My feelings about the change of seasons haven't changed. The shift comes as an affront to my sensibilities. I seem to write this way every fall equinox. I'm always sad to bid goodbye to summer. I love the heat, the fewer clothes, the lush garden; the carefree part is a visceral memory of childhood. I'm still adjusting to the seasons here, and perhaps always will.
It's an in-between time around here. Red, yellow, and orange leaves cover the ground and linger in the tree branches, hanging on til the next big winds. Rain alternates between torrents and sprinkles. I've just been in a "should I stay or should I go" sort of mood.
Anyone can become a writer. It hasn't been a straight path or an easy journey for me. But here are 52 steps that will get you on your way.
Here I go walking in circles again. If it's not one direction out my front door, it's the other, always in circles, round and round the neighborhood, looping past the same houses, same yards, same trees.
Adaptation comes little by little, accepting what I must, embracing what I can, trying to not tip over. I can do this, I can do this. I have no choice.
What will be my Quarantine Story, what tales will I tell in five years, or 10 or 20? Will it be a story of victory or sadness, revelation or survival, entertainment or boredom, or even joy? Which stories will last, and which will be of the moment?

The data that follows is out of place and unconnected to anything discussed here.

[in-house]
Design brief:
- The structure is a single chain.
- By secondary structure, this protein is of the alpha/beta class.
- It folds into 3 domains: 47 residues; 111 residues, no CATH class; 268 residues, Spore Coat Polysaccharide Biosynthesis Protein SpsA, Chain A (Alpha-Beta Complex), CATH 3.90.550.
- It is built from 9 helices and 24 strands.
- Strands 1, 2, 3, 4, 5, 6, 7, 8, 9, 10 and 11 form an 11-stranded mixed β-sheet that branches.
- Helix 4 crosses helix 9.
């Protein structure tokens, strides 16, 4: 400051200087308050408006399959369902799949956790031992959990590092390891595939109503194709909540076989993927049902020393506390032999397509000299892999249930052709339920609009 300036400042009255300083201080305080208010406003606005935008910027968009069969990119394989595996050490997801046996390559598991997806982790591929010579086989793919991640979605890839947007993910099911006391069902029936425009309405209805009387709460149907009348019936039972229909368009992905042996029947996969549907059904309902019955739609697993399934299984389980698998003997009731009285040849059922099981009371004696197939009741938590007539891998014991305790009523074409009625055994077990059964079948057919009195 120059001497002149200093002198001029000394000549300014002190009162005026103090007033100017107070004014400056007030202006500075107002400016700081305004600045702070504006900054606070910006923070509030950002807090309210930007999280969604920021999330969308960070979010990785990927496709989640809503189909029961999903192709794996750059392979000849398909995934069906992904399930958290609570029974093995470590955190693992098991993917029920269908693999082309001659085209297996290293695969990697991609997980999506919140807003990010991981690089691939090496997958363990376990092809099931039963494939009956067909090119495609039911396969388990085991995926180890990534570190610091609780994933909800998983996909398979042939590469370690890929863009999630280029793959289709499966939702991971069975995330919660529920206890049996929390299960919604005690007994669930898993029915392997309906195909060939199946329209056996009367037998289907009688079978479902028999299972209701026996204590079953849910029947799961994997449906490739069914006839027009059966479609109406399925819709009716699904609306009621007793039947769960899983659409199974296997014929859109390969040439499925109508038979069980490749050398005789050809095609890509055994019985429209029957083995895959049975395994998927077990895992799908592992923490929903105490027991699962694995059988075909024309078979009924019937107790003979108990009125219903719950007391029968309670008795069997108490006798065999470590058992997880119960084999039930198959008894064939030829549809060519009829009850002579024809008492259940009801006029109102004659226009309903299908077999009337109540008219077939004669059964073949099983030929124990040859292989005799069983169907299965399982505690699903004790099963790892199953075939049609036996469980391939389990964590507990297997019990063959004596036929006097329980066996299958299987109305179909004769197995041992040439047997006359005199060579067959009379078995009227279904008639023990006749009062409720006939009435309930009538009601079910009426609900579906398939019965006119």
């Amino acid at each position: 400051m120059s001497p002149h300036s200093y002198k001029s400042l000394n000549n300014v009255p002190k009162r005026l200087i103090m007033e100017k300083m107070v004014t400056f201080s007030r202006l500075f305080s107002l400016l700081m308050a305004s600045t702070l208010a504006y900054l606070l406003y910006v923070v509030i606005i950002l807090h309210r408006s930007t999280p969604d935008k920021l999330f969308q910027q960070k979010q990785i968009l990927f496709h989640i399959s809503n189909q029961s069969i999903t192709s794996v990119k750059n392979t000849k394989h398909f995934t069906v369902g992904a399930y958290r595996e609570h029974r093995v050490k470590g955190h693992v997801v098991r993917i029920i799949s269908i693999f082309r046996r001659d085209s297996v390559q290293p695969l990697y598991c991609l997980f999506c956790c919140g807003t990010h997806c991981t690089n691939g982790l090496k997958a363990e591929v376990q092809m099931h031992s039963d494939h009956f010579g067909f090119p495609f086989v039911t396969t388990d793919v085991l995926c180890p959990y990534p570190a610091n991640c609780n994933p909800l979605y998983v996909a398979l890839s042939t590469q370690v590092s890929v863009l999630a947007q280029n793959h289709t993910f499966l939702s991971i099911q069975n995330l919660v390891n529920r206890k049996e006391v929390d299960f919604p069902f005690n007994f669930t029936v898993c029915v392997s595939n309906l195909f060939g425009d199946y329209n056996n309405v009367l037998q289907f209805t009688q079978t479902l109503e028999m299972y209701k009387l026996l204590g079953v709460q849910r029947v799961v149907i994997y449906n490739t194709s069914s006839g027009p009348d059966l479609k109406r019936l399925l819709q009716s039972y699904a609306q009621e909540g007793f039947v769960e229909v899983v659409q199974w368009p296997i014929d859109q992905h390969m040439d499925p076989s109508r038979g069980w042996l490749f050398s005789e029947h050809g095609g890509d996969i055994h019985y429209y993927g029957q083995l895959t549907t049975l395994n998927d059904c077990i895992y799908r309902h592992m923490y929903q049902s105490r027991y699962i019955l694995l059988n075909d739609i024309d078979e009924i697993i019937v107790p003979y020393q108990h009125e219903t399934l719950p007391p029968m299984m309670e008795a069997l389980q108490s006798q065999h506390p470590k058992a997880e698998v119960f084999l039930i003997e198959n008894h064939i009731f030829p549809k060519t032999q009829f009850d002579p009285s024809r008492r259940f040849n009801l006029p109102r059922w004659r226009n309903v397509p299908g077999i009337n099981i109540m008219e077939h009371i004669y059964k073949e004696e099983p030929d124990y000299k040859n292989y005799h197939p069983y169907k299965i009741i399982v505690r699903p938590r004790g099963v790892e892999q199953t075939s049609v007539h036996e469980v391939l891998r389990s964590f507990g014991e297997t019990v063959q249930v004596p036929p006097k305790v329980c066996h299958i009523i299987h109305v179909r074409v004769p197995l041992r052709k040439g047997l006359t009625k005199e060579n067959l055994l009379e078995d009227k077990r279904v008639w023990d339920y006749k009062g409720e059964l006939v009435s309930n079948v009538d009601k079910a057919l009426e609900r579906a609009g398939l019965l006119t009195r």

This week I'm looking to see or hear what the trees are trying to tell me, They are stark and dramatic now, and their personalities revealed without the extravagance of leaves. The trees' rain-darkened bones stand out clearly, accentuated against the skies' lighter backdrop.
I like Portland weather partly because I have no choice. I repeatedly re-embrace it in a cognitively dissonant way, forcing myself to think: It's exciting! It's variety! It's opportunity! instead of: Oh this sucks!
Retirement isn't about stopping living; for me it was about choosing how I wanted to live my life, and where I wanted to live it.
Four years in Portland, and I'm no longer feeling quite Californian, and almost but not quite an Oregonian. I celebrated quietly and took note of how it feels now.